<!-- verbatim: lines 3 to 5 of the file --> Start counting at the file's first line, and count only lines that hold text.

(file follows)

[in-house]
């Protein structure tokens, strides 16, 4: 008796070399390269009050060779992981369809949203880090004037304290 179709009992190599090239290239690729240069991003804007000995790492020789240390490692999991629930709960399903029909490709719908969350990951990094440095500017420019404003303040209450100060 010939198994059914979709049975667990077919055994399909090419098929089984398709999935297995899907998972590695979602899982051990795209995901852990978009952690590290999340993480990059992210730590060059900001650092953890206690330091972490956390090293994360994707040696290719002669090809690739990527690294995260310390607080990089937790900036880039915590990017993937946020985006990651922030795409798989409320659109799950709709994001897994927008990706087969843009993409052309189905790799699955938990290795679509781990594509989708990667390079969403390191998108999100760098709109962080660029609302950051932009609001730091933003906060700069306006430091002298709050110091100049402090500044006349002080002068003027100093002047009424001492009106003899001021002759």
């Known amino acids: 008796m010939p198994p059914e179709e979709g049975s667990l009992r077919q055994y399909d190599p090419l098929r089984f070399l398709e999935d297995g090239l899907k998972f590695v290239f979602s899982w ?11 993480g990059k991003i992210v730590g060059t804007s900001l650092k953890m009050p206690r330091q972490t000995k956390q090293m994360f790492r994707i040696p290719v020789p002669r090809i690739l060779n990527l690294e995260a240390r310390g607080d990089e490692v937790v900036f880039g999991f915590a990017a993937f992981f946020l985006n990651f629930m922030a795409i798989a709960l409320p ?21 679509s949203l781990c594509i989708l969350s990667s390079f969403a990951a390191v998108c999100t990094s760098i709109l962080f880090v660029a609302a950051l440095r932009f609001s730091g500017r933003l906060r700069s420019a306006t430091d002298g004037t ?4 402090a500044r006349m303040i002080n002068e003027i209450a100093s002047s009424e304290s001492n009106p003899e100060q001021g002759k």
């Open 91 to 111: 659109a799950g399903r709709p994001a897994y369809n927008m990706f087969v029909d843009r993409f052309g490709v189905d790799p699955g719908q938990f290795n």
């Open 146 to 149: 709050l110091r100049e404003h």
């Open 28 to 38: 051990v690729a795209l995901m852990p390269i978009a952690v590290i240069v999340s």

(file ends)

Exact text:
């Known amino acids: 008796m010939p198994p059914e179709e979709g049975s667990l009992r077919q055994y399909d190599p090419l098929r089984f070399l398709e999935d297995g090239l899907k998972f590695v290239f979602s899982w ?11 993480g990059k991003i992210v730590g060059t804007s900001l650092k953890m009050p206690r330091q972490t000995k956390q090293m994360f790492r994707i040696p290719v020789p002669r090809i690739l060779n990527l690294e995260a240390r310390g607080d990089e490692v937790v900036f880039g999991f915590a990017a993937f992981f946020l985006n990651f629930m922030a795409i798989a709960l409320p ?21 679509s949203l781990c594509i989708l969350s990667s390079f969403a990951a390191v998108c999100t990094s760098i709109l962080f880090v660029a609302a950051l440095r932009f609001s730091g500017r933003l906060r700069s420019a306006t430091d002298g004037t ?4 402090a500044r006349m303040i002080n002068e003027i209450a100093s002047s009424e304290s001492n009106p003899e100060q001021g002759k």
């Open 91 to 111: 659109a799950g399903r709709p994001a897994y369809n927008m990706f087969v029909d843009r993409f052309g490709v189905d790799p699955g719908q938990f290795n």
């Open 146 to 149: 709050l110091r100049e404003h």